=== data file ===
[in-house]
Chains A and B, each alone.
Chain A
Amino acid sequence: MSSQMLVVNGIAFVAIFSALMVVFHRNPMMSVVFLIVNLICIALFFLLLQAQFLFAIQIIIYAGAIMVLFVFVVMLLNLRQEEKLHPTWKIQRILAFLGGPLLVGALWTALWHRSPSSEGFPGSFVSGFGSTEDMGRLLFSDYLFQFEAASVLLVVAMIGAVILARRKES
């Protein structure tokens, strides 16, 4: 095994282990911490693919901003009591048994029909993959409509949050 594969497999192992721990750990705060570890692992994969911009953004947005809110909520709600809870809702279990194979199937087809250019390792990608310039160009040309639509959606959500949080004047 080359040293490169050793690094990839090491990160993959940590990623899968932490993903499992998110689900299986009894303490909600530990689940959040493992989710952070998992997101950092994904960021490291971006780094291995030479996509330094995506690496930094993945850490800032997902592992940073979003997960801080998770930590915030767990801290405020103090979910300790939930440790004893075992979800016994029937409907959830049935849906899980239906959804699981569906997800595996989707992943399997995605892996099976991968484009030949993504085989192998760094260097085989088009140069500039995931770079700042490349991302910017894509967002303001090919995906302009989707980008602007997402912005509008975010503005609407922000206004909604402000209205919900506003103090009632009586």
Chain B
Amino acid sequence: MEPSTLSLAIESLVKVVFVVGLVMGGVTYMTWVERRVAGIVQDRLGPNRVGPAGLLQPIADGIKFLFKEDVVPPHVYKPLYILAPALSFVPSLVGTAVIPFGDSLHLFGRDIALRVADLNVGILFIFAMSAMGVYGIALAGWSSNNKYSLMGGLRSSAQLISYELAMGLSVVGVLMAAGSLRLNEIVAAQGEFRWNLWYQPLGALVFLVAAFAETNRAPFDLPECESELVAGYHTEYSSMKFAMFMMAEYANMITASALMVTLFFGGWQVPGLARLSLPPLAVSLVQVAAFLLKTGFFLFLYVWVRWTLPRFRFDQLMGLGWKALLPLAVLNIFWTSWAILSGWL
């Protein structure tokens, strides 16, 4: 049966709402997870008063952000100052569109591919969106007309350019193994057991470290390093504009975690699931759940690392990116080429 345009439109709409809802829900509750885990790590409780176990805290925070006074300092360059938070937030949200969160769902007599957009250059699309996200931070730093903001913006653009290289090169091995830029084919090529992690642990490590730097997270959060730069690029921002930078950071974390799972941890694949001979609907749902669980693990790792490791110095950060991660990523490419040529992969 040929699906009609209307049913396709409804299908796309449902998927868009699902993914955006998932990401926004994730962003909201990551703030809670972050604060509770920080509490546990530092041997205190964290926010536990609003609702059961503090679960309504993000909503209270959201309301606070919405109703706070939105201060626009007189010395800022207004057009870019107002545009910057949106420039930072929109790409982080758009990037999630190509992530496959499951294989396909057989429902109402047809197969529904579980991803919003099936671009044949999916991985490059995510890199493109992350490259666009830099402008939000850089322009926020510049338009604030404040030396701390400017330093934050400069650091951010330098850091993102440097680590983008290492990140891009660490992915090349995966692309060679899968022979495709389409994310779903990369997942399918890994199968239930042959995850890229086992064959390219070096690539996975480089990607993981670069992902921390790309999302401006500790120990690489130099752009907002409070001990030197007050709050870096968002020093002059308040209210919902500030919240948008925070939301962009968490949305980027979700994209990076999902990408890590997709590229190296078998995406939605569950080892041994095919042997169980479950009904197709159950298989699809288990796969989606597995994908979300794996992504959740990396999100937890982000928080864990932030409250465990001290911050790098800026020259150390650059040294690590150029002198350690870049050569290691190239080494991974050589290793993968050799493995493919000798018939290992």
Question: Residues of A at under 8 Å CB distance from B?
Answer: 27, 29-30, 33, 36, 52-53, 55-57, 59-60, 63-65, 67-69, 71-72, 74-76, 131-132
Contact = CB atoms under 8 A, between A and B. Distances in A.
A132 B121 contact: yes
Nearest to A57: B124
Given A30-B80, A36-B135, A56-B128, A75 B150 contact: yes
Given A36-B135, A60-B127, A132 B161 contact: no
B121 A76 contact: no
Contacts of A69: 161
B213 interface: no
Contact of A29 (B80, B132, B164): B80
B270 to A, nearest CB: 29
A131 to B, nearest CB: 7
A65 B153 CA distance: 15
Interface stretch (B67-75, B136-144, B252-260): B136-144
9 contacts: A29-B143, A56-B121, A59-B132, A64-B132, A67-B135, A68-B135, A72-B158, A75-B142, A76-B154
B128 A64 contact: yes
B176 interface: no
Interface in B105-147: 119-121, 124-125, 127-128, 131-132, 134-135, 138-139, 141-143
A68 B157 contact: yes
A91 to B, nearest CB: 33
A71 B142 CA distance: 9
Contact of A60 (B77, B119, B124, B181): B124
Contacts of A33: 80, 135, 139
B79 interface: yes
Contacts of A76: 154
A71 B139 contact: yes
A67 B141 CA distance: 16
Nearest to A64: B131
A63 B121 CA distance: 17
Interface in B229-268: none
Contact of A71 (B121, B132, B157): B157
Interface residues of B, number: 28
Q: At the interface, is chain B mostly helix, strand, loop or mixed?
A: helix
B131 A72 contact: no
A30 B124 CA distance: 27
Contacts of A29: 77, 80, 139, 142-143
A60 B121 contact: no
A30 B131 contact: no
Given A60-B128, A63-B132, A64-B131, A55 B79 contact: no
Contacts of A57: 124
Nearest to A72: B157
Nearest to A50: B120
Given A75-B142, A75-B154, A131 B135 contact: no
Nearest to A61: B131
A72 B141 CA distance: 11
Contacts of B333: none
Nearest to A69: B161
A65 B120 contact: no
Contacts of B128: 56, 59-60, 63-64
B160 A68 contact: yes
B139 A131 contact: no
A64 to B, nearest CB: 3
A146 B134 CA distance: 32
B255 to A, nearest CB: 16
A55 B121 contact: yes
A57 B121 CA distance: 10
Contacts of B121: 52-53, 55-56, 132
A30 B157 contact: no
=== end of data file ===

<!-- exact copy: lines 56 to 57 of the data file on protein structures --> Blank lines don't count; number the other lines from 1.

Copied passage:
Contacts of B333: none
Nearest to A69: B161